• Nov 1st 2006 at 10:37AM
  • 8
As one of the most recognized environmental advocates around, Ed Begley Jr. can be a lightning rod for criticism and is often a target for jokes on late-night television. Sometimes his enthusiasm comes off as preaching; but he is true to the cause, living an environmentally-focused lifestyle that includes using solar power for his house. As for transportation, Begley has owned numerous electric vehicles, including a converted VW Rabbit, a GM EV1 and a Toyota RAV4. He also owns a Toyota Prius for long trips. AutoblogGreen caught up with Begley at the SEMA Show where he was promoting the introduction of the Phoenix Motorcars sport-utility truck, an electric vehicle that could go on the market next year. Begley has a brisk yet pleasant manner. He speaks with confidence and knowledge about products that can harm or help the environment. During the Phoenix press conference, he stressed the economic advantages of owning an electric vehicle or hybrid over the environmental impact of importing oil from the Middle East. My first question posed the possibility that Hollywood personalities can help promote green awareness or they can be perceived as being elitist. Begley took the conversation from there and rarely let up.

Begley: There is that risk. We don't want to appear elitist or be elitist in any fashion. But if we can provide a vehicle for someone somewhere to get them out of a limo, that's a good thing. Or provide a vehicle for someone on low income and save them money, they'll embrace it, too. You're going to save money in the long run. I've saved so much money with that Prius I bought for $20,500 in August 2000. It has 120,000 miles and all I've paid for are lube and oil and about $500 to $700 for the regular service appointments. I've never had a car so cost effective, ever.

(Read the rest after the jump)
Begley: There are some people who don't have $20,500, so there are other options available to them. But many people are spending much more on cars. So I wouldn't call the Prius elitist, and I wouldn't call any of the electrics I drove before this elitist. I bought an electric car in 1990 for $1,700. It was a used car but I drove it around for years. It was a really good car. I put $2,500 into it. People can buy retrofit cars. There's a form of technology for everybody. Take public transportation. I ride my bike a lot. There's nothing more cost effective than that. It's a good question you ask about elitism. Everybody should pick the low-hanging fruit first, whatever your income bracket. Compact florescent bulbs, energy-saving thermostat, bike riding, public transportation, and then if you have the resources get some of the more expensive solar technology or hybrids or electric cars. But you can do only what you can afford and no one is suggesting otherwise.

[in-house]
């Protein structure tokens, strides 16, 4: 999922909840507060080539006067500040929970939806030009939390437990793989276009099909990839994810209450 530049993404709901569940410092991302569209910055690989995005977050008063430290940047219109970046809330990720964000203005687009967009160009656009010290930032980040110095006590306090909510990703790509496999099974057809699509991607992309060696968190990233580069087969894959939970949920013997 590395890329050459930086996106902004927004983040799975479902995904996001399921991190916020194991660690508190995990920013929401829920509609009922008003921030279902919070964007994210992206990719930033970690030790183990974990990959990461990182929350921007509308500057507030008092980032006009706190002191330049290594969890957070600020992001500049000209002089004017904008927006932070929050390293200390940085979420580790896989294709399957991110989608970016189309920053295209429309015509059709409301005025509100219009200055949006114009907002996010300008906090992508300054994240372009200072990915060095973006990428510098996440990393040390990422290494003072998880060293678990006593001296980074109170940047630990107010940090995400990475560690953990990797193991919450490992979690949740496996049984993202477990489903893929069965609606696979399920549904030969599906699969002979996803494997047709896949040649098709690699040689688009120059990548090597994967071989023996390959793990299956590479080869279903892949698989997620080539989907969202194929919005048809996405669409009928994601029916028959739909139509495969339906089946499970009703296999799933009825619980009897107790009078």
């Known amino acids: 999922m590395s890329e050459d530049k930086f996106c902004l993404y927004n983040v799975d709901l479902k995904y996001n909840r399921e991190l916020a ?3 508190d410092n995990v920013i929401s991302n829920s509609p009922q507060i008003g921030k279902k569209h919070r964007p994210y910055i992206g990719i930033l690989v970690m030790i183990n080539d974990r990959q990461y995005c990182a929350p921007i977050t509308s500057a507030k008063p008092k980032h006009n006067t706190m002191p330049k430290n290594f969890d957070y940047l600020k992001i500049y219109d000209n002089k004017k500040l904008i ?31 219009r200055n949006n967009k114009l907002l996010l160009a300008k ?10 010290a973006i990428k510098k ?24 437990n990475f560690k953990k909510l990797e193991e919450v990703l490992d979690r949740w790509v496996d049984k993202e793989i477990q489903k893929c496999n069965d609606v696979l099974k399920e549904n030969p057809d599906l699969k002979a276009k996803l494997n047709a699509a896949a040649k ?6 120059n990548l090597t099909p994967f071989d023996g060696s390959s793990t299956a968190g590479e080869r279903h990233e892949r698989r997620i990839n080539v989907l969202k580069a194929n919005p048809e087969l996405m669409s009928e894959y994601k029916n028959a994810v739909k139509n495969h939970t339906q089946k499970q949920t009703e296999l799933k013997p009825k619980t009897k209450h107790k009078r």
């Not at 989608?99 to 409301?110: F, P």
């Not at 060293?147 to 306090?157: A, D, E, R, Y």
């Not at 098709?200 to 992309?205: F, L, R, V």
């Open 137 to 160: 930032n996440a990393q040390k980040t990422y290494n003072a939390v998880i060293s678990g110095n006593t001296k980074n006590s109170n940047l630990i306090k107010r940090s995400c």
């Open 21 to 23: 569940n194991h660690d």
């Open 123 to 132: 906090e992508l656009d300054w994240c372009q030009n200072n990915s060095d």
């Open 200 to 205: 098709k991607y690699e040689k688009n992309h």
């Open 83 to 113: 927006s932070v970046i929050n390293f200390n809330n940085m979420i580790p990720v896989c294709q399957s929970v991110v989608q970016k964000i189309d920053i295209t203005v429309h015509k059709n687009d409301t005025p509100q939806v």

AutoblogGreen: I see a correlation from the '80s with the diesel engines. There is still a stigma left over that they're smelly and sooty. Is there a stigma left over from the '90s with electric vehicles that they were just bad vehicles? That they were cramped and drivers were concerned about reserve capacity, getting stuck somewhere without a charge.

Begley: That's why the hybrid took off because people saw they could go 400 or 500 miles on one tank. That's as good as you're going to get with a fillup.

AutoblogGreen: And they get home.

Begley: Exactly. They weren't afraid of running out. There was a lot of disinformation about the car. I'm 6-4 and I was comfortable in the EV1. I got around lots of places in LA. It had a 135-mile range. Living within the parameters of the car, I was fine. As I said, the basic thing with electric vehicles is that you don't need a sledgehammer to put in a carpet tack.

AutoblogGreen: Last question. There is a strong push for hydrogen...

Begley: I'm all for hydrogen if you can demonstrate it's made from clean technology. If you're using dirty coal, and I'm not a fan of nuclear, then I'm not on board. But certainly hydrogen is something in the future. We all agree that the roof is leaking and we have to design a new roof. In the meantime you need someone with a can of tar and a ladder. That's what these vehicles are; something you can use today to stem this flow of Middle East oil that's a big problem for us, and to stop the pollution that's a problem in some cities.


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    • 1 Second Ago
      • 8 Years Ago
      When you examine the energy expended vs. the work done, electric cars (in most cases) are very inefficient. They use alot of electricity for a relatively short range. The power doesn't grow on trees. It has to come from somewhere. Wind and solar power as of now will never provide enough energy. How ironic that it has required an internal combustion engine to make electric propulsion viable.
      • 8 Years Ago